- What is the “Money Illusion?”
- How can the concept of the Money Illusion relate to investment returns in the current environment?
- What is your framework to manage risk in periods when investment return interpretation can be distorted by the Money Illusion?
The recovery of the S&P 500 in 2023 has been swift. Since the beginning of 2022, the total return of the S&P 500 is -4% yet Cash is up 5%, Commodities are up 19% and Gold is up 8%. How can we relate the concept of the Money Illusion to contextualize these results?
Economist Irving Fisher developed the concept of the Money Illusion, which refers to a cognitive bias where money is thought of in nominal, as opposed to real terms. In other words, people view changes in prices or wages without considering the impact of inflation or actual purchasing power. For instance, a 4% pay raise should be viewed differently if inflation is 6% vs. 2%.
Financial markets, businesses and economies can be increasingly confusing and complex during inflationary periods. While not a traditional application, the Money Illusion provides an interesting lens to view investment returns.
For instance, when people think of the decade of the 1970’s, it is generally believed that the performance of the S&P 500 was awful. Stocks had a compounded annual growth rate of approximately 6% for the entire decade. While this is not outstanding, 6% does not sound too bad. This is the Money Illusion at work since in the 1970’s, cash and inflation grew at a compounded annual rate near 7% for the decade. Thus, stocks produced a negative “real” return when compared to cash or inflation.
Further, a broad commodity basket produced a compounded annual growth rate of 21% per year during the 1970’s and the price of gold was up 31% annually for the decade. 6% annual stock returns are in fact awful when compared to “real assets.” Within the 1970’s, commodities and gold performed best in the years stocks performed the worst (1973 & 1974) and vice versa (1975 & 1976), demonstrating compelling diversification benefits (graphic below).
At Essential Partners, we are not myopic U.S. stock market perma-bears, commodity super-cycle bulls or gold bugs. In fact, our client partners have material investments in U.S. public equities. However, our risk management framework focused on the Core Four economic environments dictates that we have some investments in “real assets,” which provide compelling diversification benefits. Further, we invest in private and public investment strategies that seek to provide idiosyncratic returns, regardless of the environment. Our approach seeks to prudently manage risk to protect and grow our client partners’ hard-earned capital.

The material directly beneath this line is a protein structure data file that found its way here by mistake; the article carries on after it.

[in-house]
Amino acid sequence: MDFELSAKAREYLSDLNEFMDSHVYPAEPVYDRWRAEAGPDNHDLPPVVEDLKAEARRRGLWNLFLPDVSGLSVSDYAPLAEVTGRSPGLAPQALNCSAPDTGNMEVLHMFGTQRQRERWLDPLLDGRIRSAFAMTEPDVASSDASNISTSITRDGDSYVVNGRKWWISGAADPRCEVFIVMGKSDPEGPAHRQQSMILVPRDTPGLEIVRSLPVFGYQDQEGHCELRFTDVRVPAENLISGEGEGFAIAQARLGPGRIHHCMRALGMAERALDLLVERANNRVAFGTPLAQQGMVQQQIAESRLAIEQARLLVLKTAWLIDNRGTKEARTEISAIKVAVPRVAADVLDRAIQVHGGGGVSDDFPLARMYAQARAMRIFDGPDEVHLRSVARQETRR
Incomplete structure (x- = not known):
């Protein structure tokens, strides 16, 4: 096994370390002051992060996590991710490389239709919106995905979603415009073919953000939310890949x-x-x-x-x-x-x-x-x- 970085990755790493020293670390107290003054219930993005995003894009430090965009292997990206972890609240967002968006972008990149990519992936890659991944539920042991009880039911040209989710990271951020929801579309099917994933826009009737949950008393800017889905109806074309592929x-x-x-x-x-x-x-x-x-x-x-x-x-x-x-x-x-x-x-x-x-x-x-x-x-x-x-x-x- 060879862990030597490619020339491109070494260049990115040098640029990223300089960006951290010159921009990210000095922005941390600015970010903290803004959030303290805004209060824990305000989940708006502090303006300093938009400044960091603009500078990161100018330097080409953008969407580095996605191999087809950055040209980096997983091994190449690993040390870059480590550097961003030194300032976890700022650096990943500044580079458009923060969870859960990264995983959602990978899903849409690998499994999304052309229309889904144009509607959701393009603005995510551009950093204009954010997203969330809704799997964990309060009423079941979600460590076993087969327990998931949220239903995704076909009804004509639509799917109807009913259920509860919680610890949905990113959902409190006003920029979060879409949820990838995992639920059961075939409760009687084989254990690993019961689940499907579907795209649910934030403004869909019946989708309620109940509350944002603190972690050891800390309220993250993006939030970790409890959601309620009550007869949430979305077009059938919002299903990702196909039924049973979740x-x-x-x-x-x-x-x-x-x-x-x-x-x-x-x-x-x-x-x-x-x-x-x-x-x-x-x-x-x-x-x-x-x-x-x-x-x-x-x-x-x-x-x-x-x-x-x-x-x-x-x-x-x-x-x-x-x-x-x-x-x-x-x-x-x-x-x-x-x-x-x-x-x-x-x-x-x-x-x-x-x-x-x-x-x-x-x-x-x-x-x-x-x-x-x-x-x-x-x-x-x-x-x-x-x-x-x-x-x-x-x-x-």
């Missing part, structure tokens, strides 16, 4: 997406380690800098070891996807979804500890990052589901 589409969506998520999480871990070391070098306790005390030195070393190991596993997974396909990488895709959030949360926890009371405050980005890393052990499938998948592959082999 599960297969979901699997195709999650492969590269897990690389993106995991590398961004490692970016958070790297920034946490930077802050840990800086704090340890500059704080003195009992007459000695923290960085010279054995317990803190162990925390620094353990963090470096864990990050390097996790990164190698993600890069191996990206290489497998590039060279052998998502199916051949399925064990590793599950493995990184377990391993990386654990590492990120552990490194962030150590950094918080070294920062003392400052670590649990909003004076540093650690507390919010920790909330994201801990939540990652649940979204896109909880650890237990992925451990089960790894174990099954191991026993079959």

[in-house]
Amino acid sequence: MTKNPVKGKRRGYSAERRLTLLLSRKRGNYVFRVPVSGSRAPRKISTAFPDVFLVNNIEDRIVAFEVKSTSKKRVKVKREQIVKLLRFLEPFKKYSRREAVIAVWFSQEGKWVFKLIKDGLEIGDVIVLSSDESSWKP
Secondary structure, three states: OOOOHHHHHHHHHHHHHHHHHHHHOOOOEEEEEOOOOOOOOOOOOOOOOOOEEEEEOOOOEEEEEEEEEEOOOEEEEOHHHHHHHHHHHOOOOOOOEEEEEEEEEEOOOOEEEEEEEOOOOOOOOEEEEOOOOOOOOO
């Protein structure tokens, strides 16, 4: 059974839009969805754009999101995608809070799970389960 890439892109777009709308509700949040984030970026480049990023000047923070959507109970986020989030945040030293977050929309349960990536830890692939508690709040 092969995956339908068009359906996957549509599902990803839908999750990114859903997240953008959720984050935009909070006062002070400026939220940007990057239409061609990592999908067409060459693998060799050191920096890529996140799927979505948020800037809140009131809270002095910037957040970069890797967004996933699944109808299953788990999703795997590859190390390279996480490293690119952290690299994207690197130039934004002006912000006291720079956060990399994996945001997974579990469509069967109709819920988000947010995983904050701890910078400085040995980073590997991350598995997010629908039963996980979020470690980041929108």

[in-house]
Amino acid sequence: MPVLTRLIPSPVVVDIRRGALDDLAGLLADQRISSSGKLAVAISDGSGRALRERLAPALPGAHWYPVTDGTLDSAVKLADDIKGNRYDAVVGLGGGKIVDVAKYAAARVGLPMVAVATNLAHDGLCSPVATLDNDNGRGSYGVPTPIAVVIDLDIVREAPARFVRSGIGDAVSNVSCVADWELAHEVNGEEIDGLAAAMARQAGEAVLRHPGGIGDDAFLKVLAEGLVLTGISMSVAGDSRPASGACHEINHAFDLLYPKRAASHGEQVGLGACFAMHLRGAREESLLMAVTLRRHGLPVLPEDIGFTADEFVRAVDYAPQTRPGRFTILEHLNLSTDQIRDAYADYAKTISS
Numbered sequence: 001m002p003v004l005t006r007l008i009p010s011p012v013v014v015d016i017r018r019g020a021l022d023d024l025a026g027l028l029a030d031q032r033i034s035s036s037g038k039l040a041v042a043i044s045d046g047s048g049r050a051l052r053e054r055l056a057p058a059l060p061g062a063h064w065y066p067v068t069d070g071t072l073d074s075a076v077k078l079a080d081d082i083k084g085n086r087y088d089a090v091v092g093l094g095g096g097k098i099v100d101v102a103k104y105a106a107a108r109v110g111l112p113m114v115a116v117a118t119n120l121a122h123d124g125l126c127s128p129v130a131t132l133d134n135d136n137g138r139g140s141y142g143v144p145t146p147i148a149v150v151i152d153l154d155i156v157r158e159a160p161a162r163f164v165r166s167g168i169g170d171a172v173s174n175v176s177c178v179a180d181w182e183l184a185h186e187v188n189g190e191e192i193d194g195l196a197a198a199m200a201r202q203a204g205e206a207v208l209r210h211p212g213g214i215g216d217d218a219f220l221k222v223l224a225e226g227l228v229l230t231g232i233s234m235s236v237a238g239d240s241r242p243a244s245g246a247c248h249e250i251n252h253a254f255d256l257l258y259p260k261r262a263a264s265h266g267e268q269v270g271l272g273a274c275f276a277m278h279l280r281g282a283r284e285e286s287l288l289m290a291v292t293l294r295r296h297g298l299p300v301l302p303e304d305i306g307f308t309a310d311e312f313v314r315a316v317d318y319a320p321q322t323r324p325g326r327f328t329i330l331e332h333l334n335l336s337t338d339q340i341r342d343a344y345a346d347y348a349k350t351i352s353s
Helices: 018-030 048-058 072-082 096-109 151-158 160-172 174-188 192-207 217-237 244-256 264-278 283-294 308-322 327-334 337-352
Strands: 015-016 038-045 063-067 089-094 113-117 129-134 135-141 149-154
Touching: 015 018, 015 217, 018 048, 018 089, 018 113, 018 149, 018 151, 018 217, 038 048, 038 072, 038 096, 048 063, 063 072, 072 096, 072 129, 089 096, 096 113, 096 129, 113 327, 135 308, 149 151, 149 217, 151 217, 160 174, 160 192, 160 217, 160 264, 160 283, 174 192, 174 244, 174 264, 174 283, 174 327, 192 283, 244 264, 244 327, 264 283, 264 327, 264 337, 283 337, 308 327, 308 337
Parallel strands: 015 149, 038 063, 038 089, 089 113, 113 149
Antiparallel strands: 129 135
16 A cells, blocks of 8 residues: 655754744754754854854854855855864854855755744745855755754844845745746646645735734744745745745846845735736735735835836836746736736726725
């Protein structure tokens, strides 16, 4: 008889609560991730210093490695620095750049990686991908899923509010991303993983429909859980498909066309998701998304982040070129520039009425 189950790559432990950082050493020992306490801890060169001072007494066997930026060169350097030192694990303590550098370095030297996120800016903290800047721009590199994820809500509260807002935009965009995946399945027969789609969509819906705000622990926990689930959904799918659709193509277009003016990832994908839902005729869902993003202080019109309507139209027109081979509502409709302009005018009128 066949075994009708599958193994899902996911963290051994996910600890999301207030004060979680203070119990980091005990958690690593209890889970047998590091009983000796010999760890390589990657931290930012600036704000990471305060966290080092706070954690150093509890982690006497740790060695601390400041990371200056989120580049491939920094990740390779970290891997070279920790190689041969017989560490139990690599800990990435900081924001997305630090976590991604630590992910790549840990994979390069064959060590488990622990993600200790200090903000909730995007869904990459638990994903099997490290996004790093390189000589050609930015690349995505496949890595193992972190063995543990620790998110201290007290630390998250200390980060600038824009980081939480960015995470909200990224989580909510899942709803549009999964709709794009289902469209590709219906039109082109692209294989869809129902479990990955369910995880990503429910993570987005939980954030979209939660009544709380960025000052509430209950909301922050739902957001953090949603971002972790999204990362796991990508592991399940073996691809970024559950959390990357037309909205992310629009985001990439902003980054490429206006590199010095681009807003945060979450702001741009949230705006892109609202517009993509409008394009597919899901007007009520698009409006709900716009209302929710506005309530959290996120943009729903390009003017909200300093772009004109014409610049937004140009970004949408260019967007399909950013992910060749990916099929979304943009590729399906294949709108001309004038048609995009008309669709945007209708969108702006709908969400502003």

For further illustration, the graphic below provides additional details on returns from 2020 through August 4, 2023. Please refer to our article, Core Four Environments: Portfolios Lack True Diversification, for perspective on our foundational asset allocation philosophy.
Investment advisory services offered through Essential Partners, an SEC registered investment advisor. The information contained herein should not be construed as personalized investment advice. Past performance is no guarantee of future results. Investing in financial markets involves gains and losses and may not be suitable for all investors. Information presented herein is subject to change without notice and should not be considered as a solicitation to buy or sell any security. Sources: Minneapolis Fed, S&P, COMT, Stern NYU Historical Returns; S&P GSCI TR USD Index, LBMA Gold Price USD, Essential Partners Time Weighted CAGR calculations for each period